Agape Charmani for Art-Sheep


As you probably already know, or learned on Facebook, on March 8 the world celebrates its women. The International Women’s Day, is a day that has been dedicated to women since 1909. However, thousands of women years before 1909 have inspired, helped and even changed the world. Unfortunately, the female presence in the art production of the past, has not been as strong as it is in the 20th and 21st century. Very few women artists have produced works that not only got accepted by the male-dominated art world, but also went down in history. One of these few women was a woman that not only had to make it in a patriarchal society, but also had to work at the same time and place as hundreds of art geniuses.

Allow me to finish this day off by introducing you one of the most talented, strong and badass women in the history of art, Artemisia Gentileschi.


Self-Portrait as a Lute Player, 1615–1617

Artemisia Gentileschi was born in Rome on 8 July 1593 and was the eldest child of painter Orazio Gentileschi. Growing up, she and her brothers studied art next to their father, with Artemisia showing much more talent and charisma than them. Working with her father, Artemisia learned drawing, mixing techniques and painting. Growing up wasn’t easy for Artemisia, who lost her mother at the sensitive age of 12. While still a teenager, Artemisia was raped by an artist called Agostino Tassi. Tassi, who was assigned to tutor her, attacked the young artist during the tutelage. According to some sources, Artemisia was at home with a friend named Tuzia, who played an important role as the main female figure in her life. Tuzia ignored Artemisia’s cries for help and pretended she knew nothing of what happened to her after the rape occurred. This traumatic experience in combination with her friend’s betrayal is something that the artist has passed into her work.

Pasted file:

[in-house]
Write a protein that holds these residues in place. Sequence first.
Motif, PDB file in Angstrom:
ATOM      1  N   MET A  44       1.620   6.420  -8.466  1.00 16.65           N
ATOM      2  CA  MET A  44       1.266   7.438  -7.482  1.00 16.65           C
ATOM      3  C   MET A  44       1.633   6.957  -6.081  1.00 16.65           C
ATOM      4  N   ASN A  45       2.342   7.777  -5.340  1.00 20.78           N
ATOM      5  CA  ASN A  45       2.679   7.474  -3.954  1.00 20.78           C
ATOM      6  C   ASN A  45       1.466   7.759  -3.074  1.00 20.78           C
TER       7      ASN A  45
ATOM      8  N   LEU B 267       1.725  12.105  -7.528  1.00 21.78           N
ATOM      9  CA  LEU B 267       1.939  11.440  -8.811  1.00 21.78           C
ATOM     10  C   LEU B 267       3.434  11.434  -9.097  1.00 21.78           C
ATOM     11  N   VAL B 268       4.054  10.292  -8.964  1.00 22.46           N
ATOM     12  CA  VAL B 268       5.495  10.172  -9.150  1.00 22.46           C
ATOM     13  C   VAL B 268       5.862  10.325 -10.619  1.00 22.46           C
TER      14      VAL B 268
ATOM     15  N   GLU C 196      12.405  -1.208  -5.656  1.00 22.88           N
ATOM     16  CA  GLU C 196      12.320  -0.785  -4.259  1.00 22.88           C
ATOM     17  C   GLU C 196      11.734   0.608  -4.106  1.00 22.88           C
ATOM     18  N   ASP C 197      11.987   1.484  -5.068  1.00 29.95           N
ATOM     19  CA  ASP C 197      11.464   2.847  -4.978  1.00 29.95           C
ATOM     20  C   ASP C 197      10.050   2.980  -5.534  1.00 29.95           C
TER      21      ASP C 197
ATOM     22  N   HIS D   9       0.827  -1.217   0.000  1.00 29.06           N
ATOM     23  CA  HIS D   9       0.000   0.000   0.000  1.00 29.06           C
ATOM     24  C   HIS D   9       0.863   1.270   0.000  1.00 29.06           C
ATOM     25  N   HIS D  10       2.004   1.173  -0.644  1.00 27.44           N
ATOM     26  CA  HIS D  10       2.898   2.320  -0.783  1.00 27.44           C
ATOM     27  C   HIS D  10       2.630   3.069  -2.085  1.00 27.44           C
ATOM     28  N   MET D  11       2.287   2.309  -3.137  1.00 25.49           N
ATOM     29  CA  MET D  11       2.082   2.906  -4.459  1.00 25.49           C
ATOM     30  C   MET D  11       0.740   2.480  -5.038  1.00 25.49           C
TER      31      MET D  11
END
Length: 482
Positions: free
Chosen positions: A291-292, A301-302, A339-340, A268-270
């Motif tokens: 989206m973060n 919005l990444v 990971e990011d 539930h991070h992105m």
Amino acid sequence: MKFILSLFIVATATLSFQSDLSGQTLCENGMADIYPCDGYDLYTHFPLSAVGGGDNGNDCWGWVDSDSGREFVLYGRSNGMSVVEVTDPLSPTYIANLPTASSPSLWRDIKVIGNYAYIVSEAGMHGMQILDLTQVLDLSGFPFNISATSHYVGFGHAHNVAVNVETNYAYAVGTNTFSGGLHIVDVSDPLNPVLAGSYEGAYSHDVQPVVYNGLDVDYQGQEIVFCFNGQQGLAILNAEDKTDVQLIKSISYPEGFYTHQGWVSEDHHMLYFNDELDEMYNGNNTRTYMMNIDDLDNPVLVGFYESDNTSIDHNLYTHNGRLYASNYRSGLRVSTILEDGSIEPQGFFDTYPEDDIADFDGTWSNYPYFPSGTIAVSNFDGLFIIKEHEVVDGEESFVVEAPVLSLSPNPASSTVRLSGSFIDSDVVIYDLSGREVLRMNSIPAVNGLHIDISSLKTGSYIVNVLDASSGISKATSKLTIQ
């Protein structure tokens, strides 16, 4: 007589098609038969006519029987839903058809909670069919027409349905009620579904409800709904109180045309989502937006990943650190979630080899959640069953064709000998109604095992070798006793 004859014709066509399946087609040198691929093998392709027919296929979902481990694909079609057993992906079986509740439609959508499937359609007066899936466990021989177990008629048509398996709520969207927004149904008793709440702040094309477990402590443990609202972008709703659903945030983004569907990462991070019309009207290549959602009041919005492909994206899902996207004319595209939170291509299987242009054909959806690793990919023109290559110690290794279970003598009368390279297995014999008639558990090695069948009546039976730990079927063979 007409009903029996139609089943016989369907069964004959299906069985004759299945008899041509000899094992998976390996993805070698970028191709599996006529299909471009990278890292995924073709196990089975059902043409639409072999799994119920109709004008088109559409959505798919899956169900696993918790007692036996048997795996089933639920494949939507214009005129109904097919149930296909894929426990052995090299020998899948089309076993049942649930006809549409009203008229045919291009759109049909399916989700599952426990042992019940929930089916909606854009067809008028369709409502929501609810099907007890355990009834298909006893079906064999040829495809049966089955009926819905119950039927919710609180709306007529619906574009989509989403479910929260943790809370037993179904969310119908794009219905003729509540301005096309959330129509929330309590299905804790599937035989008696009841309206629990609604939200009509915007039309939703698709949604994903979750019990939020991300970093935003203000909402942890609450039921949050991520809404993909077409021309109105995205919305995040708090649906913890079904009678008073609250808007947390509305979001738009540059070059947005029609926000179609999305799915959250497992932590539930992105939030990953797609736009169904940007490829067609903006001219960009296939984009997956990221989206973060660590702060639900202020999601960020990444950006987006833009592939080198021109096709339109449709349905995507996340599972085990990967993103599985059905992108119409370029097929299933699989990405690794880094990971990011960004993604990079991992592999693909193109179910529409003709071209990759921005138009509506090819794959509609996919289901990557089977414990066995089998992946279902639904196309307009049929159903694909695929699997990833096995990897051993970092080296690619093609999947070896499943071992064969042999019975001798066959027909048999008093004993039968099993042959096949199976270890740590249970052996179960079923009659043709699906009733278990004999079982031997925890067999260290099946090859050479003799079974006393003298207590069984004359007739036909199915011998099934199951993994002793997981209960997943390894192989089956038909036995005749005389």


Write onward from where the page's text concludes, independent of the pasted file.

Susanna and the Elders, 1610 was her first work


The violent representations of mythical events and the way that female characters are portrayed in Gentileschi’s paintings, show a strong sense of the importance of solidarity and unity between women. Artemisia’s career was as great as her talent. Working for various patrons, such as the House of Medici, she traveled in many cities and was assigned a lot of works. Her skills and quality of work were indeed recognized by the scholars of her time, as she was the first woman accepted into the Academy of the Arts of Drawing.

Artemisia Gentileschi was an artist during a very difficult period for women in general. Her work featured women as protagonists. Her characters intentionally lacked the stereotypical ‘feminine’ traits—sensitivity, timidness, and weakness—and were courageous, rebellious, and powerful personalities, showing the world that a woman can be equal to men and should be treated as such. Artemisia was an artist who fought with determination, passion and persistence. Using her personality and artistic skills, she pioneered against the prejudices expressed against women painters and successfully introduced herself in a world, in which being talented was not as important as being a man.



Judith Slaying Holofernes, 1614–1620


Jael and Sisera, 1620


Self-Portrait as the Allegory of Painting, 1630s


 Mary Magdalene, 1615-1620